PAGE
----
For the eighth straight season, Canada has the most players in the NBA outside of the U.S., with a record 25 currently rostered on teams. At this point, there’s no denying it: the Great White North’s basketball pipeline is exploding, with the country churning out top-tier talent at a historic rate. And Jamil Abiad is one of the people at the heart of the movement.
A global basketball trainer and public speaker, Abiad has devoted his life developing the next generation of Canadian ballers. After a brief pro career, he began cutting his coaching teeth operating training programs around his Ottawa. Today, via his business NL Fitness, he runs camps for junior and senior basketball athletes across the country, offering his own unique training methods aimed at syncing the body and mind for optimal performance. He’s also the man behind Team Believe, an Ottawa-based competitive basketball organization, composed of U17 and U19 teams, which offers student athletes an outlet outside of pricey prep programs that can help them level-up their skills for college and university.
All this to say, Abiad is doing his part to make Ottawa the next hotbed of hoops talent, and to ensure Canada remains one of the world’s top basketball prospect factories. But in order to help his players perform at their very best, he’s got to be at his very best too. That’s why we tapped him to walk us through his morning routine in the above video; from lining up his beard with his Gillette ProGlide to planning out his lessons, he shows us how he gets ready to operate at peak levels every day.
When did your basketball journey begin?
I started pretty late at the age of 13. I played soccer my whole life, but I found a quick love for basketball, especially the side of it where people were like, “What are you doing? You’re short, you can’t do this.” That was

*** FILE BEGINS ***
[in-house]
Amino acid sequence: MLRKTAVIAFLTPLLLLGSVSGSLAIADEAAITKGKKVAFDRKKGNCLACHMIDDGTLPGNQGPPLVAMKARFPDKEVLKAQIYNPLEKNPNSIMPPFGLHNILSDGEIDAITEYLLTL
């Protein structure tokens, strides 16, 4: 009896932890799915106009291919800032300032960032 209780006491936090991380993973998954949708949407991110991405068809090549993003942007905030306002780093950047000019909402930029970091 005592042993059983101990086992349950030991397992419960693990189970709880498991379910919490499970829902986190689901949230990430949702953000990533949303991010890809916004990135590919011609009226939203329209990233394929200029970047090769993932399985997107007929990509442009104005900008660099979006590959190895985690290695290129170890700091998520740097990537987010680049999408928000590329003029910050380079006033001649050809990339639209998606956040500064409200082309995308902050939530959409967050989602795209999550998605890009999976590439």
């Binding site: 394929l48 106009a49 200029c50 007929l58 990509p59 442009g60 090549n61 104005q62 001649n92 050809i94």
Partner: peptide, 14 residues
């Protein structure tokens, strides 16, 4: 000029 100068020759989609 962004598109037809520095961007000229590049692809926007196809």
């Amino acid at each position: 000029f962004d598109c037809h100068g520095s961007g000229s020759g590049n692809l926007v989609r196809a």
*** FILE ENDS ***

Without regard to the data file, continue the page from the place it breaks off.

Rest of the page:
the initial spark that ignited me to get serious with it because I wanted to prove to everybody that I could do it. I used that as fuel to train harder and longer and by Grade 12, I was one of the best players in my city. After school I had the opportunity to play in university and was there for five years, finished, and then had the opportunity to go play overseas for about two and a half years. While I was back and forth from playing, I was doing a lot of one-on-one training back in Ottawa and running basketball camps. I decided to hang up the shoes after my last season in 2018, branch out on my own, and do this full time to help others reach the next level.
“Now kids don’t have to go across the border to find proper basketball training or get into exposure teams. We’re offering that literally right here.”
What’s it been like to witness and take part in the explosion of basketball in Canada over the last half-decade?